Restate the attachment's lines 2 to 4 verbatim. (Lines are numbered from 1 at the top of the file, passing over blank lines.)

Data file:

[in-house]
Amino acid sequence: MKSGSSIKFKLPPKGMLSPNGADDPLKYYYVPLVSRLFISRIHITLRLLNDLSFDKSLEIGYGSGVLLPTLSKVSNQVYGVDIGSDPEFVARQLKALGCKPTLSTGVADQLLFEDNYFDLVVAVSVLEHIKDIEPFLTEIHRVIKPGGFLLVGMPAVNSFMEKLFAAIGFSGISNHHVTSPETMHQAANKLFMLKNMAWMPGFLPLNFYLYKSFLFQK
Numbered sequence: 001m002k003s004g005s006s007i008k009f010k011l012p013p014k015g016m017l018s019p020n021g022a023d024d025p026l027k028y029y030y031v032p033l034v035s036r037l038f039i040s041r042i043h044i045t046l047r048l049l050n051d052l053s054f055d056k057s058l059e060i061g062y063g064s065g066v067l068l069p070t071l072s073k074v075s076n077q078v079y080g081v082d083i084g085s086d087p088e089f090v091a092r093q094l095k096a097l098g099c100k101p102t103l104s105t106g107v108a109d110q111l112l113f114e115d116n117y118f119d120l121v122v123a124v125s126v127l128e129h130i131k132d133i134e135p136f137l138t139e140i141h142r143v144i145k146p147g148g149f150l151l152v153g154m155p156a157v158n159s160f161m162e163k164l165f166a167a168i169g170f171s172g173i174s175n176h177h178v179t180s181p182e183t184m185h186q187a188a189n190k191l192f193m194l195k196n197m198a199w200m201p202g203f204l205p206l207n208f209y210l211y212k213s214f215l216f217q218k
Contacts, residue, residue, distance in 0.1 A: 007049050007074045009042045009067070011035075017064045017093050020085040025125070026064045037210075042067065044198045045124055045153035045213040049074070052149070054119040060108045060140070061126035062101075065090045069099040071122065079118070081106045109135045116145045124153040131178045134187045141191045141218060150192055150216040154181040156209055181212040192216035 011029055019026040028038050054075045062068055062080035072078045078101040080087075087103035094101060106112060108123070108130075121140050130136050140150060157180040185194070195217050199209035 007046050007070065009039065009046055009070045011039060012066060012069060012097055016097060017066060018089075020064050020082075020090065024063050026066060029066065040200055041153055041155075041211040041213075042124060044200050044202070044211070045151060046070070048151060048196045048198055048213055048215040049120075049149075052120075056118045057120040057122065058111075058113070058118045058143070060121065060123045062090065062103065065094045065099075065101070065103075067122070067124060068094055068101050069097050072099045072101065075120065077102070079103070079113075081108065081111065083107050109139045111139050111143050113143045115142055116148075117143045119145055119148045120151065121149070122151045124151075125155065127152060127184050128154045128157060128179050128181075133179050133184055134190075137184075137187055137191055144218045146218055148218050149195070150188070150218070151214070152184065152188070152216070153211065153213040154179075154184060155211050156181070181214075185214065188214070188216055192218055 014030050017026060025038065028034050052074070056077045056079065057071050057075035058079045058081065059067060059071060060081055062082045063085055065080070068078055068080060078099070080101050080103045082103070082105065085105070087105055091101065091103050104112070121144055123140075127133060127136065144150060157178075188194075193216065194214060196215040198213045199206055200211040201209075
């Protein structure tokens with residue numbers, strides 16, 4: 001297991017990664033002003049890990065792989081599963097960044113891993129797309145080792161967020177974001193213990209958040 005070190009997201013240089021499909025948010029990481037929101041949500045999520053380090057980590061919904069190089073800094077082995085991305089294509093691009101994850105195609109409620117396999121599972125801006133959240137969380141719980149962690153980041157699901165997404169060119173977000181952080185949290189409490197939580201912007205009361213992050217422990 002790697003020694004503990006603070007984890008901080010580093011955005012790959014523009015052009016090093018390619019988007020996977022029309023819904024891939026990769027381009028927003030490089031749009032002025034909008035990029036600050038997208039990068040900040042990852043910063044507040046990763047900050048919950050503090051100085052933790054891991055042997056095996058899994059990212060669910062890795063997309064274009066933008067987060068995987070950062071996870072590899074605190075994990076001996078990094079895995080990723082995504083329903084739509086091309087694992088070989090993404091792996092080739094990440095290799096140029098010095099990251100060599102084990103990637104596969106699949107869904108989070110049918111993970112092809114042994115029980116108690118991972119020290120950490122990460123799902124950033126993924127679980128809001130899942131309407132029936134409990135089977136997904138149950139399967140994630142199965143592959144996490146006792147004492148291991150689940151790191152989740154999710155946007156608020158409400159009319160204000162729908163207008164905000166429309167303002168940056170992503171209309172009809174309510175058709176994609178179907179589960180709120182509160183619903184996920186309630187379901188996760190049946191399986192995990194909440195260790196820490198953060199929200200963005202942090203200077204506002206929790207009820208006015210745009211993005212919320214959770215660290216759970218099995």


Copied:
Amino acid sequence: MKSGSSIKFKLPPKGMLSPNGADDPLKYYYVPLVSRLFISRIHITLRLLNDLSFDKSLEIGYGSGVLLPTLSKVSNQVYGVDIGSDPEFVARQLKALGCKPTLSTGVADQLLFEDNYFDLVVAVSVLEHIKDIEPFLTEIHRVIKPGGFLLVGMPAVNSFMEKLFAAIGFSGISNHHVTSPETMHQAANKLFMLKNMAWMPGFLPLNFYLYKSFLFQK
Numbered sequence: 001m002k003s004g005s006s007i008k009f010k011l012p013p014k015g016m017l018s019p020n021g022a023d024d025p026l027k028y029y030y031v032p033l034v035s036r037l038f039i040s041r042i043h044i045t046l047r048l049l050n051d052l053s054f055d056k057s058l059e060i061g062y063g064s065g066v067l068l069p070t071l072s073k074v075s076n077q078v079y080g081v082d083i084g085s086d087p088e089f090v091a092r093q094l095k096a097l098g099c100k101p102t103l104s105t106g107v108a109d110q111l112l113f114e115d116n117y118f119d120l121v122v123a124v125s126v127l128e129h130i131k132d133i134e135p136f137l138t139e140i141h142r143v144i145k146p147g148g149f150l151l152v153g154m155p156a157v158n159s160f161m162e163k164l165f166a167a168i169g170f171s172g173i174s175n176h177h178v179t180s181p182e183t184m185h186q187a188a189n190k191l192f193m194l195k196n197m198a199w200m201p202g203f204l205p206l207n208f209y210l211y212k213s214f215l216f217q218k
Contacts, residue, residue, distance in 0.1 A: 007049050007074045009042045009067070011035075017064045017093050020085040025125070026064045037210075042067065044198045045124055045153035045213040049074070052149070054119040060108045060140070061126035062101075065090045069099040071122065079118070081106045109135045116145045124153040131178045134187045141191045141218060150192055150216040154181040156209055181212040192216035 011029055019026040028038050054075045062068055062080035072078045078101040080087075087103035094101060106112060108123070108130075121140050130136050140150060157180040185194070195217050199209035 007046050007070065009039065009046055009070045011039060012066060012069060012097055016097060017066060018089075020064050020082075020090065024063050026066060029066065040200055041153055041155075041211040041213075042124060044200050044202070044211070045151060046070070048151060048196045048198055048213055048215040049120075049149075052120075056118045057120040057122065058111075058113070058118045058143070060121065060123045062090065062103065065094045065099075065101070065103075067122070067124060068094055068101050069097050072099045072101065075120065077102070079103070079113075081108065081111065083107050109139045111139050111143050113143045115142055116148075117143045119145055119148045120151065121149070122151045124151075125155065127152060127184050128154045128157060128179050128181075133179050133184055134190075137184075137187055137191055144218045146218055148218050149195070150188070150218070151214070152184065152188070152216070153211065153213040154179075154184060155211050156181070181214075185214065188214070188216055192218055 014030050017026060025038065028034050052074070056077045056079065057071050057075035058079045058081065059067060059071060060081055062082045063085055065080070068078055068080060078099070080101050080103045082103070082105065085105070087105055091101065091103050104112070121144055123140075127133060127136065144150060157178075188194075193216065194214060196215040198213045199206055200211040201209075